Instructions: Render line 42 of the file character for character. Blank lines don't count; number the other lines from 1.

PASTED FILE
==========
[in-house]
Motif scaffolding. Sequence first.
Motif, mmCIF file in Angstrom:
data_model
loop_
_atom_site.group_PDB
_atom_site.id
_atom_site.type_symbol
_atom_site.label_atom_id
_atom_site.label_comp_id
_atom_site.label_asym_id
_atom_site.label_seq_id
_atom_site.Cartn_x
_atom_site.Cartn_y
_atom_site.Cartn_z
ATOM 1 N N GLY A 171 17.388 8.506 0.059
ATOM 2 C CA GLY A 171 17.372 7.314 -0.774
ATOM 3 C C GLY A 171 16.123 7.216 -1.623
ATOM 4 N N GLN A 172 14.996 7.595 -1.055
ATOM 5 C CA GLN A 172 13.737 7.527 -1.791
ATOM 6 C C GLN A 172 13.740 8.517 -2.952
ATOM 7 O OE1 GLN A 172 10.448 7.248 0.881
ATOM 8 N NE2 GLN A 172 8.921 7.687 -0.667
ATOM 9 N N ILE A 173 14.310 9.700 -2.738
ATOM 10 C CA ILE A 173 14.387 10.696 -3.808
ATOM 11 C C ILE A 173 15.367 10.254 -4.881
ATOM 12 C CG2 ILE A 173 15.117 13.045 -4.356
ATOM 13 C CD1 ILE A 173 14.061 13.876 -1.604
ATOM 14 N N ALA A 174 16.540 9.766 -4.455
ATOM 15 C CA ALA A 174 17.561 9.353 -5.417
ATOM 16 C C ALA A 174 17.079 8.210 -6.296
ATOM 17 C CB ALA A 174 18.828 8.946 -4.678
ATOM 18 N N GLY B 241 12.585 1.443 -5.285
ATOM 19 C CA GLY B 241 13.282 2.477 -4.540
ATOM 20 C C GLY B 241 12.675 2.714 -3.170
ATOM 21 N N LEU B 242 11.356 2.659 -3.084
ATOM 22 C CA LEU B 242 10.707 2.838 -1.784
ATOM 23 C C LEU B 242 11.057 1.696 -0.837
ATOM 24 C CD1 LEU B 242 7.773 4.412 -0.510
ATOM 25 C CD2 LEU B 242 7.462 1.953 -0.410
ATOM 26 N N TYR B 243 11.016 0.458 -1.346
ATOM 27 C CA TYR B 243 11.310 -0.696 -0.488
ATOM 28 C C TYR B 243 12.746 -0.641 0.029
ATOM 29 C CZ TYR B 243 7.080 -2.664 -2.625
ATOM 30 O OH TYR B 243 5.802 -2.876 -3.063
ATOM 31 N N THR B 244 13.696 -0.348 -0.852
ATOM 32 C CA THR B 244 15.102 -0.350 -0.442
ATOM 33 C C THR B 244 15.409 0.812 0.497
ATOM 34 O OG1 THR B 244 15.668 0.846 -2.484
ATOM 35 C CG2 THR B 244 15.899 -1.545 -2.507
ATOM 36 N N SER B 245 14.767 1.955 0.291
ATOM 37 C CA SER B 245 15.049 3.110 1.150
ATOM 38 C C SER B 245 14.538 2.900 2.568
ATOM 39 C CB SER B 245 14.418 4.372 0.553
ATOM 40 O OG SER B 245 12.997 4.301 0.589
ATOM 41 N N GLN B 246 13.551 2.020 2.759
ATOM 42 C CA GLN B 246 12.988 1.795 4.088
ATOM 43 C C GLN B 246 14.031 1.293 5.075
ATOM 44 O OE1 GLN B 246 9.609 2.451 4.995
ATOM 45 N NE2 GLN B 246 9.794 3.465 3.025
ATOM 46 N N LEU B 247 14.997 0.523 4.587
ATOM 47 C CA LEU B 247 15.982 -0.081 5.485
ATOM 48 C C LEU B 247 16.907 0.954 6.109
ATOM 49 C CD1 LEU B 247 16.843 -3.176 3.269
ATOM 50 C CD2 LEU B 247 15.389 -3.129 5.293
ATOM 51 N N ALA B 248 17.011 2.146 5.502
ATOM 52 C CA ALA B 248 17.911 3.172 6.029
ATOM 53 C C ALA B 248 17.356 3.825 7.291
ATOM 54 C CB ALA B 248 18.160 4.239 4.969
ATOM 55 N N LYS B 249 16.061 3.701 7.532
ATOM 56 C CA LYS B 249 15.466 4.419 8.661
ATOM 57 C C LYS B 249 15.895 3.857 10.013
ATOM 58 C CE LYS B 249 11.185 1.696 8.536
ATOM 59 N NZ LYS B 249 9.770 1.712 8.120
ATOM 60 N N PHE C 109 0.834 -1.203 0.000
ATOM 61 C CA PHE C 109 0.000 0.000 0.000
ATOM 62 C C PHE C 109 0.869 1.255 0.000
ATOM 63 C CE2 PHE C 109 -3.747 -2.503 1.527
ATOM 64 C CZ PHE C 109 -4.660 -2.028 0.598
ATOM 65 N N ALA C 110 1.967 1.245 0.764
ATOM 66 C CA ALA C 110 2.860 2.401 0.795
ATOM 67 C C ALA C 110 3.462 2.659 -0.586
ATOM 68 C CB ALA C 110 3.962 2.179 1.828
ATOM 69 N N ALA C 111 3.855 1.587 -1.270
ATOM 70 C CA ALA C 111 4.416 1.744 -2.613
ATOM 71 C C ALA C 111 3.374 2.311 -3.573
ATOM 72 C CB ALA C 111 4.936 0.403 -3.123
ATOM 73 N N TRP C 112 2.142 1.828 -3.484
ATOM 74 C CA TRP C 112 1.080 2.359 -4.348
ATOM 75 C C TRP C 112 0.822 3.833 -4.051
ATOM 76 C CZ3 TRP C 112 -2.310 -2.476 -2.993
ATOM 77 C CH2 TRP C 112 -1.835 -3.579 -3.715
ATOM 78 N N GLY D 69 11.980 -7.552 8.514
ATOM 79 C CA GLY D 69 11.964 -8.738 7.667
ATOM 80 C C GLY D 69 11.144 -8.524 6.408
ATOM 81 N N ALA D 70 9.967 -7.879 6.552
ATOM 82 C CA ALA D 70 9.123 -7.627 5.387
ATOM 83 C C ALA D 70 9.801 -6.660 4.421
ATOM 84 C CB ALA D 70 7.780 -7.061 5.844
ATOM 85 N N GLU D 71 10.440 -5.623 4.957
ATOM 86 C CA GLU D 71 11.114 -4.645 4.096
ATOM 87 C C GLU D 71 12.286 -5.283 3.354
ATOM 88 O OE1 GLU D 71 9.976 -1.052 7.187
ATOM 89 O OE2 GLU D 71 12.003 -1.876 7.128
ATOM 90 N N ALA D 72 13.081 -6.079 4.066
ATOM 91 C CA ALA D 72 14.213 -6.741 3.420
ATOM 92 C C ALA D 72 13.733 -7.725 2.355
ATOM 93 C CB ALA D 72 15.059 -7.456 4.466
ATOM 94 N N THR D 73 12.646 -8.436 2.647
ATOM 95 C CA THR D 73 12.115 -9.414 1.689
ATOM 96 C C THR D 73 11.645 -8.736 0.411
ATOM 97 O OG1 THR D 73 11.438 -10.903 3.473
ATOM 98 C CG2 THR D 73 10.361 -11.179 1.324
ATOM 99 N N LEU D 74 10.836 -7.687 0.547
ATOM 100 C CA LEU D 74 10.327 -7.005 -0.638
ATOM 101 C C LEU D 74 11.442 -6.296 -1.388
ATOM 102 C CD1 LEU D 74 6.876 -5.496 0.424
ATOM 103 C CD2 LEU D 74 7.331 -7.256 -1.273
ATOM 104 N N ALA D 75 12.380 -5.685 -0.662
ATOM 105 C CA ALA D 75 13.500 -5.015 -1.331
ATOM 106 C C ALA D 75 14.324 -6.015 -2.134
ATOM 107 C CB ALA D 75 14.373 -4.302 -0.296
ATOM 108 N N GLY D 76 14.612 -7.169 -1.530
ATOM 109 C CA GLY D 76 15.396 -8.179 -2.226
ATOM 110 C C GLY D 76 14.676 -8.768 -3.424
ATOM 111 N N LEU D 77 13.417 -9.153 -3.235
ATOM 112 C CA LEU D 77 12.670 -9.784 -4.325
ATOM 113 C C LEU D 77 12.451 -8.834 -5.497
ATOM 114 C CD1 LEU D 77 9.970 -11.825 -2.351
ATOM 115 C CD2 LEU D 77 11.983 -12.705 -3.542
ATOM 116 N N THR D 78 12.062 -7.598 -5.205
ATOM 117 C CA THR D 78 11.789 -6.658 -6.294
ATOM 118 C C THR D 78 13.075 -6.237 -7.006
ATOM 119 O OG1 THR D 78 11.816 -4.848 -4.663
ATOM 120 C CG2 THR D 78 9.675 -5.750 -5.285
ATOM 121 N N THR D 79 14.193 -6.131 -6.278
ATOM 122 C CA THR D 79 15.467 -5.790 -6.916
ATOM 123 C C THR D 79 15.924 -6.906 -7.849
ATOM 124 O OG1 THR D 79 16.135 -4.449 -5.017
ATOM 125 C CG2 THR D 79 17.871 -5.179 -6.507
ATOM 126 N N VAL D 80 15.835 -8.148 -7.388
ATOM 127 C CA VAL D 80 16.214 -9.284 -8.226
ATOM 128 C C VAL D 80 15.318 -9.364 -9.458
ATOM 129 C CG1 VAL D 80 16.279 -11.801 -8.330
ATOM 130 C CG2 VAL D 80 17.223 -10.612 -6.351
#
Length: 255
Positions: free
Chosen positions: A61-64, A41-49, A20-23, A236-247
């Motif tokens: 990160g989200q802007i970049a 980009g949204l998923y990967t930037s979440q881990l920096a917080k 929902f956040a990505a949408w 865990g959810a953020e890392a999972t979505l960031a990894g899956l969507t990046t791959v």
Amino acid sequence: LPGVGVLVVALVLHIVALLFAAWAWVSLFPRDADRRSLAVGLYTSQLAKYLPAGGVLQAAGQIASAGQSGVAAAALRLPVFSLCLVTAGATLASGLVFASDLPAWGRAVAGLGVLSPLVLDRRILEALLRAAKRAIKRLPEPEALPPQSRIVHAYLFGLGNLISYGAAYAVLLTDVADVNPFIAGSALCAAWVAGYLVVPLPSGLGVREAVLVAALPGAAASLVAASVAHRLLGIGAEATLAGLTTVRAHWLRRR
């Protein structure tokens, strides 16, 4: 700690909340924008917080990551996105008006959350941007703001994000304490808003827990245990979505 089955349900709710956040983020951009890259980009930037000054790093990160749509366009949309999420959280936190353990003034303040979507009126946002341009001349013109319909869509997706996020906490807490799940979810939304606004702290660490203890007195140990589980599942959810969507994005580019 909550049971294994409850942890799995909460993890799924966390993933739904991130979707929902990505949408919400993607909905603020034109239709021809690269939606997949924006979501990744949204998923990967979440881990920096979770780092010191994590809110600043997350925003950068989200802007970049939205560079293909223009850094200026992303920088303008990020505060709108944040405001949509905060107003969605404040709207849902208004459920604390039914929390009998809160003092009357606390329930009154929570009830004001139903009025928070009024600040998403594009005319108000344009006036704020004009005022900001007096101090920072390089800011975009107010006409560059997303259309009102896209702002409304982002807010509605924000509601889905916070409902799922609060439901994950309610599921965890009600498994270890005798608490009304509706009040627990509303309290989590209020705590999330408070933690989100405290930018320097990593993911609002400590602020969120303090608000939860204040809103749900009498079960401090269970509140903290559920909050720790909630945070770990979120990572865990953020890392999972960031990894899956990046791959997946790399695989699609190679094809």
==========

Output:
ATOM 27 C CA TYR B 243 11.310 -0.696 -0.488